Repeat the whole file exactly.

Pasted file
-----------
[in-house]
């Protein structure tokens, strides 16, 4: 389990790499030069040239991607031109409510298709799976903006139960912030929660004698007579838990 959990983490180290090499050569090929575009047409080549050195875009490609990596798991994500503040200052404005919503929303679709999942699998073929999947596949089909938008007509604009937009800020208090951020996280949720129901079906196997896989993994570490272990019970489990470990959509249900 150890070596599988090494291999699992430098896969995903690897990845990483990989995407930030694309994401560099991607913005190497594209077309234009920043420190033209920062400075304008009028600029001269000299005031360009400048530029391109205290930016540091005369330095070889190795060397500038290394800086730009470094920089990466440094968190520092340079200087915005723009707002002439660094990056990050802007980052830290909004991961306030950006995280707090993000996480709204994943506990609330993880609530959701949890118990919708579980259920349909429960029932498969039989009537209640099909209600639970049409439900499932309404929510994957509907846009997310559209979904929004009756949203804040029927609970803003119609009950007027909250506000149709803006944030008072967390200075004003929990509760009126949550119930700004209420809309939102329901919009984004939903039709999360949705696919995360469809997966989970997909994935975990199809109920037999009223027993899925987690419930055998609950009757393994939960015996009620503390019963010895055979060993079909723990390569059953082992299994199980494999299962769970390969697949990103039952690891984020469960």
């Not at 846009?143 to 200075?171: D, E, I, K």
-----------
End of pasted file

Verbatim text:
[in-house]
């Protein structure tokens, strides 16, 4: 389990790499030069040239991607031109409510298709799976903006139960912030929660004698007579838990 959990983490180290090499050569090929575009047409080549050195875009490609990596798991994500503040200052404005919503929303679709999942699998073929999947596949089909938008007509604009937009800020208090951020996280949720129901079906196997896989993994570490272990019970489990470990959509249900 150890070596599988090494291999699992430098896969995903690897990845990483990989995407930030694309994401560099991607913005190497594209077309234009920043420190033209920062400075304008009028600029001269000299005031360009400048530029391109205290930016540091005369330095070889190795060397500038290394800086730009470094920089990466440094968190520092340079200087915005723009707002002439660094990056990050802007980052830290909004991961306030950006995280707090993000996480709204994943506990609330993880609530959701949890118990919708579980259920349909429960029932498969039989009537209640099909209600639970049409439900499932309404929510994957509907846009997310559209979904929004009756949203804040029927609970803003119609009950007027909250506000149709803006944030008072967390200075004003929990509760009126949550119930700004209420809309939102329901919009984004939903039709999360949705696919995360469809997966989970997909994935975990199809109920037999009223027993899925987690419930055998609950009757393994939960015996009620503390019963010895055979060993079909723990390569059953082992299994199980494999299962769970390969697949990103039952690891984020469960």
């Not at 846009?143 to 200075?171: D, E, I, K």